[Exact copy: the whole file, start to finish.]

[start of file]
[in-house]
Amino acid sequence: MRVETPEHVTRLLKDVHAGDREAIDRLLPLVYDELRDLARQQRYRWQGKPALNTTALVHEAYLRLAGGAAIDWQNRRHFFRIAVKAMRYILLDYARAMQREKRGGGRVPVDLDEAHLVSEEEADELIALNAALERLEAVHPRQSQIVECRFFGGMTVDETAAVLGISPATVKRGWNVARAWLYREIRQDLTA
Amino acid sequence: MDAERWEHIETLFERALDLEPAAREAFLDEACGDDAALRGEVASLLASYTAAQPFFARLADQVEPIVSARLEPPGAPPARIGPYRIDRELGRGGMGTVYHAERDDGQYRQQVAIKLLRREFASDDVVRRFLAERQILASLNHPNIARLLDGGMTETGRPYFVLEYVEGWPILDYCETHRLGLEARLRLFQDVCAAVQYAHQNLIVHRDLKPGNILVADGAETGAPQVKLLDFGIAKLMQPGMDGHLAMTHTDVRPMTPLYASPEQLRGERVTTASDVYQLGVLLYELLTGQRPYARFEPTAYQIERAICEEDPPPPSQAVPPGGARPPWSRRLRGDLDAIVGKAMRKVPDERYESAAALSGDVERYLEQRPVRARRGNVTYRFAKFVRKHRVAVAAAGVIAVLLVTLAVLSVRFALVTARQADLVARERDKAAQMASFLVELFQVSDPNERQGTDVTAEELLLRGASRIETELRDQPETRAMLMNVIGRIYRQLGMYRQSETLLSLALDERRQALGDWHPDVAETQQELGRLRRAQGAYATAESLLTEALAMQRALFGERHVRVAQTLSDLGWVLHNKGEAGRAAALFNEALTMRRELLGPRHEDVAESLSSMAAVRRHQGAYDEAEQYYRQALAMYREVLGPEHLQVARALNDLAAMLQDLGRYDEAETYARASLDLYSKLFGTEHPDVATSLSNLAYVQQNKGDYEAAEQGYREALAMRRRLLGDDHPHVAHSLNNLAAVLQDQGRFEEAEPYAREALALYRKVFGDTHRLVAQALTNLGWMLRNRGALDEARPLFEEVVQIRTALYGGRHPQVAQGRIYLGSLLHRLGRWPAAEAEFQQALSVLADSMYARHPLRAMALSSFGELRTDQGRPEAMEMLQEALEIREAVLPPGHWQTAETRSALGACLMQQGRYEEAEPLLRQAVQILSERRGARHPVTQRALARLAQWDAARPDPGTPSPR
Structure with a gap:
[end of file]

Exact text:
[in-house]
Amino acid sequence: MRVETPEHVTRLLKDVHAGDREAIDRLLPLVYDELRDLARQQRYRWQGKPALNTTALVHEAYLRLAGGAAIDWQNRRHFFRIAVKAMRYILLDYARAMQREKRGGGRVPVDLDEAHLVSEEEADELIALNAALERLEAVHPRQSQIVECRFFGGMTVDETAAVLGISPATVKRGWNVARAWLYREIRQDLTA
Amino acid sequence: MDAERWEHIETLFERALDLEPAAREAFLDEACGDDAALRGEVASLLASYTAAQPFFARLADQVEPIVSARLEPPGAPPARIGPYRIDRELGRGGMGTVYHAERDDGQYRQQVAIKLLRREFASDDVVRRFLAERQILASLNHPNIARLLDGGMTETGRPYFVLEYVEGWPILDYCETHRLGLEARLRLFQDVCAAVQYAHQNLIVHRDLKPGNILVADGAETGAPQVKLLDFGIAKLMQPGMDGHLAMTHTDVRPMTPLYASPEQLRGERVTTASDVYQLGVLLYELLTGQRPYARFEPTAYQIERAICEEDPPPPSQAVPPGGARPPWSRRLRGDLDAIVGKAMRKVPDERYESAAALSGDVERYLEQRPVRARRGNVTYRFAKFVRKHRVAVAAAGVIAVLLVTLAVLSVRFALVTARQADLVARERDKAAQMASFLVELFQVSDPNERQGTDVTAEELLLRGASRIETELRDQPETRAMLMNVIGRIYRQLGMYRQSETLLSLALDERRQALGDWHPDVAETQQELGRLRRAQGAYATAESLLTEALAMQRALFGERHVRVAQTLSDLGWVLHNKGEAGRAAALFNEALTMRRELLGPRHEDVAESLSSMAAVRRHQGAYDEAEQYYRQALAMYREVLGPEHLQVARALNDLAAMLQDLGRYDEAETYARASLDLYSKLFGTEHPDVATSLSNLAYVQQNKGDYEAAEQGYREALAMRRRLLGDDHPHVAHSLNNLAAVLQDQGRFEEAEPYAREALALYRKVFGDTHRLVAQALTNLGWMLRNRGALDEARPLFEEVVQIRTALYGGRHPQVAQGRIYLGSLLHRLGRWPAAEAEFQQALSVLADSMYARHPLRAMALSSFGELRTDQGRPEAMEMLQEALEIREAVLPPGHWQTAETRSALGACLMQQGRYEEAEPLLRQAVQILSERRGARHPVTQRALARLAQWDAARPDPGTPSPR
Structure with a gap: